What Would Happen If a Cell Did Not Have Golgi Bodies?

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The Golgi body, also called the Golgi apparatus or Golgi complex, is found in most cells and looks like a stack of pancakes. As the distribution and shipping center for the cell’s chemical products, the Golgi apparatus alters proteins and lipids and gets them ready for transport to other locations within or outside the cell.

TL;DR (Too Long; Didn't Read)

Without Golgi bodies, there would be no way for cells to prepare proteins and lipids for transport to other locations within or outside the cell. This would have a massive impact on body and plant organs. There would also be no lysosomes, which are responsible for breaking down waste products to keep the cell from dying quickly, and for initiating cell self-destruction when the organ needs to replace a cell. Without Golgi bodies, there would also be no way for the cell to produce a number of different macromolecules or transport enzymes out of the cell.

Missing Golgi Apparatus

If there were no Golgi bodies, the proteins in cells would float around without direction. Other cells and organs in the body would not function properly without the products that the Golgi body normally sends. For example, a specific type of liver cell called a hepatocyte produces a protein in blood plasma called albumin. The albumin is made almost exclusively within the liver. The Golgi bodies in hepatocytes transport the albumin out of the liver to become part of the plasma portion of blood. The Golgi also transports VLDL (very low-density lipoproteins), a type of fatty acid, to be stored in adipose tissue (a storage site for fat).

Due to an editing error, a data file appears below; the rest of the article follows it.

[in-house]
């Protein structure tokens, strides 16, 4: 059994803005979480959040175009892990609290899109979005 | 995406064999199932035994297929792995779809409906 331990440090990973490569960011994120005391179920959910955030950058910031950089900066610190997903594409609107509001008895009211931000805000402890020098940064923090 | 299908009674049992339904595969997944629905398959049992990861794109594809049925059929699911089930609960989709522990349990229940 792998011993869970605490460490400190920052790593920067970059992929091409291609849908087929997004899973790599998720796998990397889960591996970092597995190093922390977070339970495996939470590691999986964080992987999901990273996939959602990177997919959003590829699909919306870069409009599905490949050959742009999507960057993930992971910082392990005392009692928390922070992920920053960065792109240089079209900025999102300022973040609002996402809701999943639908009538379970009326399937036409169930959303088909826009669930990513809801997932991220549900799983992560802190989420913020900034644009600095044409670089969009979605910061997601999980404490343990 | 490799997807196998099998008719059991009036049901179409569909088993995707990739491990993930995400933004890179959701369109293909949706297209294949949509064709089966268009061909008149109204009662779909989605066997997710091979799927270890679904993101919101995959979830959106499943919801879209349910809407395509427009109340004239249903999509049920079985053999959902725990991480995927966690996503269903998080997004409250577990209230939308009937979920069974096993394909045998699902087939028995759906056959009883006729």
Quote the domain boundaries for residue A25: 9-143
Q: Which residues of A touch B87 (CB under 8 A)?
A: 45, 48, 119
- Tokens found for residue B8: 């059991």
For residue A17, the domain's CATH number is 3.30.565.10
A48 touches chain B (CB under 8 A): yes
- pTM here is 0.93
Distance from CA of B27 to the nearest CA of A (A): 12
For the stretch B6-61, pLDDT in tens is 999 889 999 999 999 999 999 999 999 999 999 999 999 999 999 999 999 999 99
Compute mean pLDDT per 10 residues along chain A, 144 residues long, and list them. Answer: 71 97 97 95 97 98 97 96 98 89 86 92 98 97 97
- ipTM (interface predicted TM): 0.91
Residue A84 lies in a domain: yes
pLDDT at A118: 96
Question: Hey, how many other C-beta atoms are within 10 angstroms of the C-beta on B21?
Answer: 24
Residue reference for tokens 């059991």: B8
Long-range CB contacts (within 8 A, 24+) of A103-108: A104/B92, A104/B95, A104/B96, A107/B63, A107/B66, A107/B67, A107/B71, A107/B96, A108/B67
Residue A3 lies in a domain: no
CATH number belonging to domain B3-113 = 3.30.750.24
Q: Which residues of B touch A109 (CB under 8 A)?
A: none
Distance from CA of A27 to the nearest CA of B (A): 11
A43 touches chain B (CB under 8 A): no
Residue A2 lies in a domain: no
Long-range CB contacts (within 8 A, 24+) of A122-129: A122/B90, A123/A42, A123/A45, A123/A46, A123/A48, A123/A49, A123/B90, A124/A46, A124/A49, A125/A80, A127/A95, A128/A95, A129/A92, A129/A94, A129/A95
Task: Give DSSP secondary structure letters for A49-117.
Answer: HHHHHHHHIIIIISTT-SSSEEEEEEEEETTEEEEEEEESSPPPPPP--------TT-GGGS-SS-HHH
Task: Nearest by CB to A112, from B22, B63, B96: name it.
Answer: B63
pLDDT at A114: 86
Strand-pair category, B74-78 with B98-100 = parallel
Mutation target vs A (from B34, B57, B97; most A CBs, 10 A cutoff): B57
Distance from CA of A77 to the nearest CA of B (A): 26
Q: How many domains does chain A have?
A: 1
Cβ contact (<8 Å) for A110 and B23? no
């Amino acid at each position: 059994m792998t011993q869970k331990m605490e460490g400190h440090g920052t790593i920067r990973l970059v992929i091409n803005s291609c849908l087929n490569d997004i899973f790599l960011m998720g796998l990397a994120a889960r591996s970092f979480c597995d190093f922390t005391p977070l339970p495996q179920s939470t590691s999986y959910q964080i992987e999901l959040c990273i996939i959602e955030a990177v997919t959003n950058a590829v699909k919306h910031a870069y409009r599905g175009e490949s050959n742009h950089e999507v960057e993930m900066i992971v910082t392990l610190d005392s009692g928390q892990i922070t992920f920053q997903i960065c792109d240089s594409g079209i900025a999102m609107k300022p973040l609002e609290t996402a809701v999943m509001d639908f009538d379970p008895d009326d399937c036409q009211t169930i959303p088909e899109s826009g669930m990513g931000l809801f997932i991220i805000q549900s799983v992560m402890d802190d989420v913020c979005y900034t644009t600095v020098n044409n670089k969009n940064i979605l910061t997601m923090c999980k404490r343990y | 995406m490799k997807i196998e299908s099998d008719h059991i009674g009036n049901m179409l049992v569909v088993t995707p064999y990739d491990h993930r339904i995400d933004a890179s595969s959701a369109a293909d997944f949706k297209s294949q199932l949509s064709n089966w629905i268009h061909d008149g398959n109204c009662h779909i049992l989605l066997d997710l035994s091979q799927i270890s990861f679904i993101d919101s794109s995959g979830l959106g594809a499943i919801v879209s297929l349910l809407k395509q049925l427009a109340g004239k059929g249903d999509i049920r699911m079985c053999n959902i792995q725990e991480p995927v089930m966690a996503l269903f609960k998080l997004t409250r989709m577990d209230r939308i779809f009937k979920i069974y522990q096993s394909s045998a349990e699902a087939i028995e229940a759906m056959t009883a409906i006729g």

No Lysosomes

Without a Golgi apparatus, there would be no lysosomes in a cell. Subsequently, the cell would not be able to digest or break down the materials left over from protein creation. This would create a lot of excess junk within the cell. If this happened, the cell wouldn’t be able to live for very long. For example, once a white blood cell surrounds a bacterium, the lysosomes digest that bacteria. Lysosomes are also responsible for a process called autolysis, which a cell undergoes when it self-destructs. The autolysis process begins when the lysosomes rupture within the cell, digesting all of the cell’s proteins. Autolysis is vital because it allows for an organism to remove worn-out cells.

Manufacture of Macromolecules

The Golgi apparatus also manufactures a wide variety of macromolecules (large molecules), including polysaccharides (a long carbohydrate monosaccharide chain). The Golgi bodies within plant cells produce pectin and other polysaccharides necessary for structure and metabolism of the plant. So without the Golgi apparatus in plant cells, for example, the plants would not be able to function.

Source of Proteins

The rough endoplasmic reticulum (ER) create and send proteins to the Golgi apparatus. The ribosomes bound to the ER secrete enzymatic proteins meant for use in the body. Once a protein has been made, the rough ER then forms a bubble around the protein which then travels through the cytoplasm until it reaches the Golgi apparatus. This transition vesicle (which contains the proteins from the rough ER) is modified within the Golgi.

References

About the Author

Jennifer Sobek has been a writer since 1993, working on collegiate and professional newspapers. Her writing has appeared in the "Copperas Cove Leader Press," "Fort Lewis Ranger," "Suburban Trends" and "The Shopper News," among others. Sobek has a Bachelor of Arts in journalism from Rowan University.

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